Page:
Americans love their pets. Indeed, according to a report by Spots.com, a full 67% of American households, or some 84.9 million American families, own at least one pet. It almost goes without saying that it would be unwise for landlords to exclude pets entirely.
Being a landlord can be fun—if you do it right
No matter how great you are at finding good rental property deals, you could lose everything if you don’t manage your properties correctly. Being a landlord doesn’t have to mean middle-of-the-night phone calls, costly evictions, or daily frustrations with ungrateful tenants.
When to accept pets or not
There is no hard rule for this, but generally speaking, you should always accept pets in houses. One of the major reasons people choose to rent houses over apartments is because they want to bring Rex and Felix along with them.
Excluding tenants with pets would reduce the number of potential tenants available to rent your property. As basic economics tells us, if demand goes down, the price (i.e. rent) goes down too. (Or even worse, the property just stays vacant.)
With apartments, it’s a bit trickier. One loud dog could turn off fellow tenants or prospective ones, especially if it’s an older apartment with thin walls. You also do not want to have hallways filled with dogs and cats (or iguanas and snakes) meandering about all over the place and leaving behind their calling cards to boot. Use your judgment based on your property and management style.
How many and which types of pets?
Dogs and cats are by far the most common types of pets people have. In the United States alone there are nearly 90 million dogs and 95 million cats.
Generally, I would recommend accepting tenants’ requests for other small animals like fish, gerbils, or hamsters (which they probably won’t even tell you about). I would, however, generally shy away from less common or exotic pets like pigs, rabbits, etc. You can make exceptions if you choose.
There are, of course, some legal points to keep in mind. First and foremost, if someone has a guide dog, seeing eye dog, or service animal, the Fair Housing Act requires that a landlord accept that pet (and not charge a deposit for it). This is true for any person who has “a disability-related need for an assistance animal.”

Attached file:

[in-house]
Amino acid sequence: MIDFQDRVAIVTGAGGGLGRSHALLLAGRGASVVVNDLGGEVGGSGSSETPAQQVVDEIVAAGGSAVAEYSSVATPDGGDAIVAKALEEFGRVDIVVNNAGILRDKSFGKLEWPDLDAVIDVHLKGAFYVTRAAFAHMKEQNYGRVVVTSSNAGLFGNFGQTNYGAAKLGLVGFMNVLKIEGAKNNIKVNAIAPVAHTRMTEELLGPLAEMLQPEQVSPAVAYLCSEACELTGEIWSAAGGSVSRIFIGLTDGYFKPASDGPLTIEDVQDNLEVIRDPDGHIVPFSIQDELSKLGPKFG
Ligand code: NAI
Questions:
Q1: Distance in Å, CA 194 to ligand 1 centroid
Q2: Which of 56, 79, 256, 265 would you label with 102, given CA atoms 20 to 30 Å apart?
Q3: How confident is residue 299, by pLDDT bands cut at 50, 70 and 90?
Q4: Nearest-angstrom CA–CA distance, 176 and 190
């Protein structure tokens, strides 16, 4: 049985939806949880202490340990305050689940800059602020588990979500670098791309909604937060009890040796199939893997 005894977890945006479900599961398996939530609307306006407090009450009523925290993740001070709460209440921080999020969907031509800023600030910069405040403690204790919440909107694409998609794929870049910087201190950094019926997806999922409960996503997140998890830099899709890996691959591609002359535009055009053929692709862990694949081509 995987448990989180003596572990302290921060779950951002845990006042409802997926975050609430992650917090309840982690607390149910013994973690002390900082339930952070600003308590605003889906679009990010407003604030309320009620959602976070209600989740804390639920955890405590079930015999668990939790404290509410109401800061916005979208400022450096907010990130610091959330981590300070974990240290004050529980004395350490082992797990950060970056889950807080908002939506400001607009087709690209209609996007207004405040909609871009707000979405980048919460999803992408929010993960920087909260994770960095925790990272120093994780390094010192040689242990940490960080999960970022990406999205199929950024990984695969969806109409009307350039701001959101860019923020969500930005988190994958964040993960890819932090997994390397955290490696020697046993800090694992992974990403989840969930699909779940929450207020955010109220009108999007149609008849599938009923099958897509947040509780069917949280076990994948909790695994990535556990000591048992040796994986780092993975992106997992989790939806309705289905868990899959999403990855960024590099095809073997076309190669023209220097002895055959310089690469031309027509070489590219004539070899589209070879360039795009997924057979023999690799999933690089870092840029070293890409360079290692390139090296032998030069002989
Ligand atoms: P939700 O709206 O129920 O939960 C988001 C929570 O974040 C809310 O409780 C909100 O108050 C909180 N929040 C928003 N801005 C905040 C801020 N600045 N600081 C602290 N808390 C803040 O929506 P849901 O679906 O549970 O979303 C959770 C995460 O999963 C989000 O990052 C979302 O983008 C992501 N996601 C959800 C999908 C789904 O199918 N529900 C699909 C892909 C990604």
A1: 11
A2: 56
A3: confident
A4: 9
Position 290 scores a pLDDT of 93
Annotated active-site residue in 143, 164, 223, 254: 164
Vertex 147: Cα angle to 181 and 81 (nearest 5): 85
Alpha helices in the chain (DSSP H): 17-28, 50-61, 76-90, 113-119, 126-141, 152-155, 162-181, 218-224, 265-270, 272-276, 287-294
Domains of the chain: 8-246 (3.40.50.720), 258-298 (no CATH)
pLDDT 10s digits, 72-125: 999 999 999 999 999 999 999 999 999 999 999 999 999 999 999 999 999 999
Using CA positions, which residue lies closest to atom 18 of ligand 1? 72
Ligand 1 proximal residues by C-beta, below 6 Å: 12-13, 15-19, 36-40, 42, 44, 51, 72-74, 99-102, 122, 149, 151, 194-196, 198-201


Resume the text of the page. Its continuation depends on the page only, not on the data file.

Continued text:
It’s less clear-cut with “emotional support animals.” According to ADA.gov, “animals that provide comfort just by being with a person” are not considered service animals. Laws vary from state to state about a landlord’s obligation to people with emotional support animals, so it’s important to check with your local laws to make sure you are in compliance.
Your tenant application should have a spot on it about pets so you can make a determination before you get to the table to sign the lease. The lease itself should have a rider (a separate form on its own page) that lists each pet, along with breed and approximate weight, and is signed by all parties. You definitely want everything in writing.
You can consider requiring a “pet reference” from previous landlords or a vet if you want to be a bit more forgiving or get more information about the animals in question.
As for how many pets, there is no perfect answer. But the principle to work with is that pets do damage and can cause issues, so there is such a thing as too many. We accept up to three pets in a house, usually two in a side-by-side duplex, and one cat in apartments.
Pet deposits and pet rent
Pets do damage to properties. Dogs are wonderful but love to chew up blinds for whatever reason. Thus, it’s important to charge a pet deposit and monthly pet rent.
How much to charge
We charge a non-refundable $250 pet deposit and $25/month per pet. This is, of course, just our policy. You may choose different numbers, but the key is to charge both a pet deposit and pet rent. Otherwise, you will simply have extra repairs on your hands.
While there’s no way to accurately account for exactly what damages are done by pets, we believe we basically break even on pet rent/deposits. The big advantage is that by allowing pets, we open up our properties to many more prospective tenants. But we don’t want to gain access to a bigger pool of tenants if it just means we’re going to have extra damages we have to pay for out of pocket.
Sometimes people want to have their dog and cat and not pay their landlord for it.
Therefore, it’s a good idea to have your maintenance technicians make a note of any unauthorized pets when they are doing work orders or routine maintenance inspections. If they do find an unauthorized pet, you should notify the tenant and demand they sign a pet rider, pay the deposit, and start paying pet rent, as well as give them a lease violation and fine if your state laws allow that.
Dealing with pet complaints
Pet complaints from fellow tenants (or neighbors) are tough and one of the reasons we don’t accept dogs in our apartment complexes. Most complaints come in verbally, for which we demand they put the complaint on paper. Most people don’t care enough to actually do that, but if they do submit a written complaint, we bring it up with the resident.
The first time is just a warning. The second is a violation and third, we consider a breach of contract (put this policy in your lease, by the way). Fortunately, it will rarely go that far.
Americans love their pets and therefore, to offer the best possible product, it generally makes sense to accept pets in your rentals. But there’s more to it than that. It’s important to create a pet policy and stick to it. And make sure you’re being compensated with pet rent and a pet deposit for the damages that will assuredly happen.